“How the Bill and Melinda Gates Foundation Uses Innovation to Accelerate Equity in Low and Middle Income Countries”
Jeff Murray, M.D, is Deputy Director of Family Health in the Discovery and Translational Sciences for The Bill and Melinda Gates Foundation. In addition, he is Board Certified in Pediatrics and Clinical Genetics, and is a human molecular / developmental geneticist and researcher at the University of Iowa.
He received his B.S. in Biology at MIT, and did his M.D., and pediatrics residency at Tufts, and was a postdoctoral fellow at the University of Washington. He has also done sabbaticals at Oxford University and the University of Southern Denmark.
Jeff led the development of the first user enabled genetic linkage maps of the Human Genome Center at the University of Iowa, and identified the first genes associated with cleft lip/palate and glaucoma. He also oversaw the first genome wide association study of preterm birth. He is the co-author on 470 peer-reviewed articles. He is Past President of the American Society of Human Genetics and is an elected member of the Institute of Medicine and Fellow of AAAS.
Jeff Murray will speak about his work with the Bill and Melinda Gates Foundation as Deputy Director of Family Health in the Discovery and Translational Sciences Group, and his team’s responsibility for the Healthy Birth, Growth, and Development programs with an emphasis on preterm birth and early childhood physical and cognitive development.
“Public Health in Post-Apartheid South Africa: HIV/AIDS, Primary Care & Social Inequality”
Ted Powers is a sociocultural anthropologist whose research focuses on the dynamics of health, politics, and social inequality in post-apartheid South Africa. Ted received his B.A. in Political Science (2001) at Bates College in Maine as well as his Master’s (2007) and Ph.D. in Anthropology (2012) at City University in New York. Ted has written numerous pieces of literature discussing the subject of HIV/AIDS for publications such as the Journal of African History, the AIDS Legal Quarterly, the Journal of Southern African Studies, the Journal of Modern African Studies, and The Human Economy Book Series. Before coming to the University of Iowa, Ted taught at Hunter College, Columbia University, Pace College, and the University of Pretoria.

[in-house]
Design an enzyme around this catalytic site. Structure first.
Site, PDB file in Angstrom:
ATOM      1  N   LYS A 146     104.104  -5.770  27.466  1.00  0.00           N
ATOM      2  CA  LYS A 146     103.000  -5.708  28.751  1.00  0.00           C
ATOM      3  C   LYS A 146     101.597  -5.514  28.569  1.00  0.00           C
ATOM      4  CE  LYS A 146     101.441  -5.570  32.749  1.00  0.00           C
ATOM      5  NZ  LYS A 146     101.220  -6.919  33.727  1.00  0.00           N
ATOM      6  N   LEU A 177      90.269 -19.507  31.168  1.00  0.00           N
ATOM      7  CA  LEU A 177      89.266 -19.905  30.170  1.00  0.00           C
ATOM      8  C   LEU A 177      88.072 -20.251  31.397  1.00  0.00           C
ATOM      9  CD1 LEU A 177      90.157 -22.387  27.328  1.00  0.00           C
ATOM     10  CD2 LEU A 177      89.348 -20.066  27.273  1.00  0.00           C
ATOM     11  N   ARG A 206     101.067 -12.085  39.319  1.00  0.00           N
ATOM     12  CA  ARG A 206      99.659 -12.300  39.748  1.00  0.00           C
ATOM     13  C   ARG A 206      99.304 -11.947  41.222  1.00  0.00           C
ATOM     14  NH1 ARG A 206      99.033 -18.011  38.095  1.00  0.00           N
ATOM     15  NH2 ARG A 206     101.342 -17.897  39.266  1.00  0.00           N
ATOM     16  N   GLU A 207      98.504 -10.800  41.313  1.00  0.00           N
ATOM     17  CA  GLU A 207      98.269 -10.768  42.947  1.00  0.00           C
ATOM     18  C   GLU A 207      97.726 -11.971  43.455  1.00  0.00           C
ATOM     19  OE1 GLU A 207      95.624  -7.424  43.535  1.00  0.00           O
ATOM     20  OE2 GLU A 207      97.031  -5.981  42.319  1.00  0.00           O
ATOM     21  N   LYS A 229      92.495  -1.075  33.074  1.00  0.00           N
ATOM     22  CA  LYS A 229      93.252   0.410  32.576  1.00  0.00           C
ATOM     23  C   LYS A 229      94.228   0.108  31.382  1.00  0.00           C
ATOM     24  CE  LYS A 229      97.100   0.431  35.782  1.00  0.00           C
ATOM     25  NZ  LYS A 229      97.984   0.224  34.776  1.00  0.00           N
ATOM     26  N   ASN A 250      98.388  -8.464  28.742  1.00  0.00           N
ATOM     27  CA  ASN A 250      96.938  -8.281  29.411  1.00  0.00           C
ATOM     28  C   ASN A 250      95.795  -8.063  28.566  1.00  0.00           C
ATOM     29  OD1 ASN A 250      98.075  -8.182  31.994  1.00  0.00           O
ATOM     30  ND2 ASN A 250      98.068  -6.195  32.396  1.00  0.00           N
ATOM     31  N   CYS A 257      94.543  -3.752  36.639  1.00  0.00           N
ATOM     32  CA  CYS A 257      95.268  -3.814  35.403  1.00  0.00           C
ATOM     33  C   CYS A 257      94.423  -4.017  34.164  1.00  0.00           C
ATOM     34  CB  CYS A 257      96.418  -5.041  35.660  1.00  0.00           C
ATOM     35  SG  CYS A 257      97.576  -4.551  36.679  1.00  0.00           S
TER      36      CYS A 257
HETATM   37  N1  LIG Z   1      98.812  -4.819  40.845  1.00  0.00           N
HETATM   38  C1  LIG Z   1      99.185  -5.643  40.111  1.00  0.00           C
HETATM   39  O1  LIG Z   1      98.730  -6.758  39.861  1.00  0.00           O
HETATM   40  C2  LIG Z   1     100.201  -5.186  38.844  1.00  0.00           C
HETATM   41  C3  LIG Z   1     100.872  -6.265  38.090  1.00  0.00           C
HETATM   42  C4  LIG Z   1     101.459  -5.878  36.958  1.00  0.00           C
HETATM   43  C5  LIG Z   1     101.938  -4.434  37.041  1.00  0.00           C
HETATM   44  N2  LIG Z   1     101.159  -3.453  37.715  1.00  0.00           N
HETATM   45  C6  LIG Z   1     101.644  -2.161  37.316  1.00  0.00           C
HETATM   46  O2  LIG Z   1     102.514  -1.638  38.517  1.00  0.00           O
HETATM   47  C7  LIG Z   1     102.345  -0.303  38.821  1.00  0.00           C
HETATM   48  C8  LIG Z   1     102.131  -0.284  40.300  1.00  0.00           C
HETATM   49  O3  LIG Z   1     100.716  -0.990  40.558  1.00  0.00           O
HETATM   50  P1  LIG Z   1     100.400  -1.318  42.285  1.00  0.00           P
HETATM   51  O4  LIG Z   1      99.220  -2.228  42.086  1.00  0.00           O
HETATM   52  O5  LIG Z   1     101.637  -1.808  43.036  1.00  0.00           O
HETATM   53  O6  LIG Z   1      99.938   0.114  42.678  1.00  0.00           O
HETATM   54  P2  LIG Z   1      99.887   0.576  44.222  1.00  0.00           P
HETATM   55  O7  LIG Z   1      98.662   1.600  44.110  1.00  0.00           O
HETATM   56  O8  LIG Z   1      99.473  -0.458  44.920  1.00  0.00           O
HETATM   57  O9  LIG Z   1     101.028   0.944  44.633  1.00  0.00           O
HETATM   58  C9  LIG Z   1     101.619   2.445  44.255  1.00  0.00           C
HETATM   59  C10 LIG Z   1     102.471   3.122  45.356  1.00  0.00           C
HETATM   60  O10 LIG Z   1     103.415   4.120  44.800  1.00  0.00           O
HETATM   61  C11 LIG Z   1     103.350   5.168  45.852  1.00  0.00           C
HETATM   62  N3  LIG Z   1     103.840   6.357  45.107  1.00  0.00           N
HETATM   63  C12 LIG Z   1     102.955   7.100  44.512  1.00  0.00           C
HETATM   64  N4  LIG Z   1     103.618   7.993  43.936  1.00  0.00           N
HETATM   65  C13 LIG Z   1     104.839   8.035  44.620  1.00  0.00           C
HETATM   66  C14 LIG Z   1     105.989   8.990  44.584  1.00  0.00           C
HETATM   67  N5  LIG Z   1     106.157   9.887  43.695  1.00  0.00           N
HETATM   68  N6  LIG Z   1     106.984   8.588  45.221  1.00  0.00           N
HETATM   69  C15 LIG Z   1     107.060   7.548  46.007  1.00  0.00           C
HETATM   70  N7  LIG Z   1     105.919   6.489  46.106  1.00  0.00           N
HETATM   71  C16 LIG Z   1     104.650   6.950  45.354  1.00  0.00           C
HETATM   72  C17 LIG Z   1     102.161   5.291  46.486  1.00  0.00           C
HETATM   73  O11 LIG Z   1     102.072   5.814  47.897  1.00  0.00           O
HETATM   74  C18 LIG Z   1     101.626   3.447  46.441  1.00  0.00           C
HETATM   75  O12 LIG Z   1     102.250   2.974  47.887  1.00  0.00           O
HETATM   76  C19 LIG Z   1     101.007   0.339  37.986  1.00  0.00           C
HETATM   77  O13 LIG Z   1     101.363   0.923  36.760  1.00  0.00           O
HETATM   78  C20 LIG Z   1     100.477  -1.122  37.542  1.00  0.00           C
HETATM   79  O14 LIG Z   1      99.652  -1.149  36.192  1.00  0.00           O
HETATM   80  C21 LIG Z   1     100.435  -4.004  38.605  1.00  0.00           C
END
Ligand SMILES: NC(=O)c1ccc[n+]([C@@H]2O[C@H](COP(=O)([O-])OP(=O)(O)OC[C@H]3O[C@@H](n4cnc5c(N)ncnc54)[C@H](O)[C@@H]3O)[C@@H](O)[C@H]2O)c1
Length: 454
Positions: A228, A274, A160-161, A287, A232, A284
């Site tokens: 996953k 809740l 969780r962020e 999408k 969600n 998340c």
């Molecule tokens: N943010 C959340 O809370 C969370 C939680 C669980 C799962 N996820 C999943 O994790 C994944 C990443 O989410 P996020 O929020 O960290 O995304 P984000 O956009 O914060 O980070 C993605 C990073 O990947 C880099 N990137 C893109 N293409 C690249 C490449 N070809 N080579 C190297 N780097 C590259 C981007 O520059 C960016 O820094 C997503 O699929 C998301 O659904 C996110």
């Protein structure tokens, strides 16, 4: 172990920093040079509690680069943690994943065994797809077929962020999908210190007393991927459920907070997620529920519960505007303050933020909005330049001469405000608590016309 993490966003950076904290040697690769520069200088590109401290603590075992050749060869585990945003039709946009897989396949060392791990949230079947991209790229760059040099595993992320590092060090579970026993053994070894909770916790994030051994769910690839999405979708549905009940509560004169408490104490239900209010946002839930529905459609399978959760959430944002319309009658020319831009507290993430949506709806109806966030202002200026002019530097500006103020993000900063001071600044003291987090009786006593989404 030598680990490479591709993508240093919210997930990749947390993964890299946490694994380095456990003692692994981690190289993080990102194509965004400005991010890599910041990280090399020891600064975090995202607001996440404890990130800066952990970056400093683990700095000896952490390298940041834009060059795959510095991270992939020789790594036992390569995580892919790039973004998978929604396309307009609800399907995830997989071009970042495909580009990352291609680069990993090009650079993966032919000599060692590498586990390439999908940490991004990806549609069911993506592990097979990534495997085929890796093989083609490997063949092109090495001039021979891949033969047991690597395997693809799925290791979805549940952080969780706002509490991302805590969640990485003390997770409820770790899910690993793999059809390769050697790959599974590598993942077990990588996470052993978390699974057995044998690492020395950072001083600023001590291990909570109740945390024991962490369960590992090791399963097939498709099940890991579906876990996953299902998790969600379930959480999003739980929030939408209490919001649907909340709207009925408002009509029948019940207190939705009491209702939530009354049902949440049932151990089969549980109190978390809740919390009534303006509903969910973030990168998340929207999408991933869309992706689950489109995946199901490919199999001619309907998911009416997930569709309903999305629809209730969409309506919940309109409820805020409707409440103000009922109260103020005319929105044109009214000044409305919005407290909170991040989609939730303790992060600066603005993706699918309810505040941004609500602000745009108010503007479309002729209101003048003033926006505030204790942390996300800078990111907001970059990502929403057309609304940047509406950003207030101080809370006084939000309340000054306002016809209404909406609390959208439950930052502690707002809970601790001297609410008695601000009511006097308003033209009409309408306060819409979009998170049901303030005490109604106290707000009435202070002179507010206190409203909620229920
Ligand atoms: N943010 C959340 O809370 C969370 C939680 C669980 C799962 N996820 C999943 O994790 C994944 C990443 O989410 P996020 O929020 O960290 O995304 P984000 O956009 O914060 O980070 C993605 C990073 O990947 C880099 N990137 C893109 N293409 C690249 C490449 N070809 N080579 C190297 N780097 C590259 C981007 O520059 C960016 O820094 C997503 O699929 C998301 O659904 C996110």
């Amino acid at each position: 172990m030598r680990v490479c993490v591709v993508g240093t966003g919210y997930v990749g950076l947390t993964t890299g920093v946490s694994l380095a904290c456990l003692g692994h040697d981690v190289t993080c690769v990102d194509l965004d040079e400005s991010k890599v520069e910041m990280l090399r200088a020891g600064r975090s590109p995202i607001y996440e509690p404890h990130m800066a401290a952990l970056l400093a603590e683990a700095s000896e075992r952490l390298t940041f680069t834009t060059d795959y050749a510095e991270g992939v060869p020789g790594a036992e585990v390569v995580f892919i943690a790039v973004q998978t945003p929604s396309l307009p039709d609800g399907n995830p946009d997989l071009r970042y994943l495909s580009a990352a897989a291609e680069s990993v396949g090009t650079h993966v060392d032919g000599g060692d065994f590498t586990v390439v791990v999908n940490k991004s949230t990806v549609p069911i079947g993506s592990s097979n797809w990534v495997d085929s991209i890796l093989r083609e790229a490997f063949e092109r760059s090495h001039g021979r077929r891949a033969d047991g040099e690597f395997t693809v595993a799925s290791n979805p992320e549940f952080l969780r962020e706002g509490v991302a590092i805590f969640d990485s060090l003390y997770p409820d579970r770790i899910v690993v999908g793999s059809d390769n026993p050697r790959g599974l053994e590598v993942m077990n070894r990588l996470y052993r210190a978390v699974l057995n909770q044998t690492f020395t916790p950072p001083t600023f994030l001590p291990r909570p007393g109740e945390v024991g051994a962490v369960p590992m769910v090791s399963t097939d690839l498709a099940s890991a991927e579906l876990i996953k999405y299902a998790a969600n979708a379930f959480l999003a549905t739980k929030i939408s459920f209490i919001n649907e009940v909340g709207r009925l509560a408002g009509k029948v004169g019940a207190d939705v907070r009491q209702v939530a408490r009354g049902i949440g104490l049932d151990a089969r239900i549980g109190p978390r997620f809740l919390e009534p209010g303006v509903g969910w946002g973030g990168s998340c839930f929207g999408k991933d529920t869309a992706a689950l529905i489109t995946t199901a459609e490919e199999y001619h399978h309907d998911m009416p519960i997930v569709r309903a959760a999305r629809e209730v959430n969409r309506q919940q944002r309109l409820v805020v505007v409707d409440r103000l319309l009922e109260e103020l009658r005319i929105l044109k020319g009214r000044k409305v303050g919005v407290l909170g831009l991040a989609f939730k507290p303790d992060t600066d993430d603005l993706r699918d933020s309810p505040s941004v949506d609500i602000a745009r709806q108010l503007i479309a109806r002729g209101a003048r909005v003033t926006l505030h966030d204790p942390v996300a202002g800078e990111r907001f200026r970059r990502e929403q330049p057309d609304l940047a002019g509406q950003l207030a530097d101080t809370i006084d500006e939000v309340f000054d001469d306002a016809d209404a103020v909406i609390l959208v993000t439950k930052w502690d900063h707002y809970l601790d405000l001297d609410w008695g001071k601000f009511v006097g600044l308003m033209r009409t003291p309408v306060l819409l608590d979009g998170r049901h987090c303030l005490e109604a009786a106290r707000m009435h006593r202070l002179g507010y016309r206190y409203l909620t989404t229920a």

The post-apartheid era has seen improvements in public health provision in South Africa, with the expansion of primary care and development of the world’s largest HIV / AIDS treatment program. However, the country also has a high burden of disease, with the world’s largest HIV / AIDS epidemic and a growing drug-resistant Tuberculosis epidemic. Amid the threat of declining donor funding for HIV / AIDS and other global programs, the question of how public health will be maintained in the world’s second most unequal society looms large. Key public health trends will be discussed alongside the implications of declining resources for public health programs in South Africa.
Reminder: If you have not already done so, please remember to renew your ICFRC membership.
“Avian Flue H7N9 and the Risk of the Next Great Pandemic”
Hans House is Professor, and Vice Chair for Education, Department of Emergency Medicine at the University of Iowa. He received his undergraduate degree, Cum Laude, in Marine Biology from University of Southern California. He then received his MD degree from USC in 1997. He subsequently received a Diploma of Tropical Medicine from the London School of Tropical Medicine, and an MA in Academic Medicine from the Keck School of Medicine at USC. Dr. House holds Board Certifications as Diplomate American Board of Internal Medicine and the American Board of Emergency Medicine.